10W30 vs. 10W40 Engine Oil: Which is Suitable for You?

Jerry Wilson
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What Do the Numbers Mean?

Car owners are all familiar with the oil specification information that’s printed on engine oil: 5W30, 10W30, 10W40. At first glance, they seem to tell us the percentage of viscosity that other engine oils are thinner or thicker than each one.

So 10W40 sounds thicker, and 5W30 sounds thinner.

Each number represents the viscosity specification index. If you’re not familiar with viscosity index, it’s a measure of how far a liquid will flow before it changes form.

The higher the number, the more viscous the liquid is … for example, honey has a higher viscosity index than water. This number is determined by measuring a given liquid’s viscosity at its boiling point, and then again at 30F.

For example, if you take a jelly, it will take a much longer time to travel two feet than it will take maple syrup to travel two feet, even though both have the same viscosity index.

When to Use Which

Engine Oil?

Periodic engine oil changing is essential in avoiding decline in engine performance and efficiency. Not only that, in the long run, it can be very costly if you neglect the regular replacement of your engine oil. You may need to extend your car's engine for another 150,000 miles if you follow these simple rules of thumb when it comes to choosing the best oil for your engine.

What is engine oil?

Engine oil serves as the coating or lubricant between metal parts inside the engine. As the engine parts rotate against each other, the engine oil's primary responsibility is to reduce heat and wear and resist damage from these parts. Oil also serves as a coolant for the engine and keeps the engine parts free from contaminants.

Engine oil is manufactured to have appropriate load and viscosity characteristics based on what type of engine you have. An engine that is designed to be powerful and produce high-speed output usually requires oil with a thicker viscosity, while an engine with a lower output running a vehicle under mild conditions is best served by lighter engine oil.

Engine Oil Ratings and Recommendations

Engine oils are commonly rated using the American Petroleum Institute formulation of rating, in which the numbers correspond to different criteria for viscosity. The following is a commonly used rating scheme for engine oils:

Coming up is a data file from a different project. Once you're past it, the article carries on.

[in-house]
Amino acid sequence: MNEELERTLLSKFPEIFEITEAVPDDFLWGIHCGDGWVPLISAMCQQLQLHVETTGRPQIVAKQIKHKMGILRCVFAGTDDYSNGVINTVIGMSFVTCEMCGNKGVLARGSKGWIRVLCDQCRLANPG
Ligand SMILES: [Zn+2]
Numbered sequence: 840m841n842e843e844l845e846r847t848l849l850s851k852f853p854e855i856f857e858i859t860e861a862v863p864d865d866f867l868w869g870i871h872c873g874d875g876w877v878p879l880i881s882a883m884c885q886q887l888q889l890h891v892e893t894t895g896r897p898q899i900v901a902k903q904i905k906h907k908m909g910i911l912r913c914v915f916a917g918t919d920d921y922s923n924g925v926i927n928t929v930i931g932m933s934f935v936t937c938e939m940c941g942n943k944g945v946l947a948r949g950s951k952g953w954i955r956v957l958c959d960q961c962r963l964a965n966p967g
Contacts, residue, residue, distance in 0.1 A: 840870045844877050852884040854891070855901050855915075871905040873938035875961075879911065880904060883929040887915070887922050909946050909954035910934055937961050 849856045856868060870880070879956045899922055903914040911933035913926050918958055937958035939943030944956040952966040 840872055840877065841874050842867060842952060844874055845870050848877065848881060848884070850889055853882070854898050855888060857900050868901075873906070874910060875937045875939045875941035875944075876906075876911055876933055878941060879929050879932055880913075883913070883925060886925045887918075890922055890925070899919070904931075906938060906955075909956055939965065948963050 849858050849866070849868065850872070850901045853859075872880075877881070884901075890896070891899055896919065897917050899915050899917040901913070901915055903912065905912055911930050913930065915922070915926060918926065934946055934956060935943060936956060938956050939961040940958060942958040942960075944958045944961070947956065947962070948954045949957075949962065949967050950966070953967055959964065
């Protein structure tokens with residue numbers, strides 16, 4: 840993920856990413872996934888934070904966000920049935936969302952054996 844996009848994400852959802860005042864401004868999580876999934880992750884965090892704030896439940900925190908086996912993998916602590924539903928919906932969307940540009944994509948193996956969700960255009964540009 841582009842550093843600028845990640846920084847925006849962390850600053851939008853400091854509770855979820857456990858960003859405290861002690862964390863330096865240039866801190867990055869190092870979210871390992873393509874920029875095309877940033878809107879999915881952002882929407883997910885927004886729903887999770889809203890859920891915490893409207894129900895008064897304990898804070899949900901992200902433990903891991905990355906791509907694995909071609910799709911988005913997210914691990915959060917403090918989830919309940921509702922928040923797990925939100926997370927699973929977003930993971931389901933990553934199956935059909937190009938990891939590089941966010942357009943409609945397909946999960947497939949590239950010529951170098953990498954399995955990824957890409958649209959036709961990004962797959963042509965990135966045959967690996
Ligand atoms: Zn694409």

10W-40: Ideal for stock engines. Manufacturers usually recommend the use of 10W-40 for stock vehicles.

Fuel Economy

10W30 is a thinner oil, and it will flow better in cold weather than a 10W40 oil. This means your car will start easier in the winter, but it can also mean more oil use and a shorter oil life. So if you live in colder climates, you should probably stick to the 10W40.

If you want to minimize the oil changes for your vehicle, you should consider using the 10W30 engine oil because it will encourage manufacturers to make oil filters that last longer.

So which oil should you choose?

As you can see, both oils can deliver the same level of protection for your engine. When choosing between the two, it’s best to go with the one that benefits your specific driving situation the most. Remember, you should always check your manufacturer recommendations before making your choice.

The same goes for mixing oil. The oil life of 10W30 blends is no shorter than that of pure 10W30 oils, so you may consider mixing the two grades in order to get the best protection at the lowest price.


Choosing the right oil is not easy because in most cars, oil weight choices are not clearly marked. If you're like most, you may have already switched from the standard grade 30 after being told that it’s not good enough for your car.

If you are also in this category, you may be left wondering what should you now use. The good news is that there's a change, and this one will make you happy, because race car drivers already know it. For lubrication, it is now increasingly common to reach for the 20W-50 instead. And even if your car was made years after 1950, the rule is you always have the freedom to appoint whatever oil you deem fit.

As a rule of thumb, if the temperature in your climate frequently dips below +5 degrees Celsius (about +40F), you should be using synthetic engine oil. Your engine requires this regardless of the car you are using.

Any synthetic oil as well as the brand you choose should have the following: American Petroleum Institute (API) certification, adhering to the SAE standards, 7th edition and later.

There are some other factors to consider, though. Your car's make and model are the number one factors that determine the kind of oil you should invest in. You can also use a car oil calculator that assists you along the way.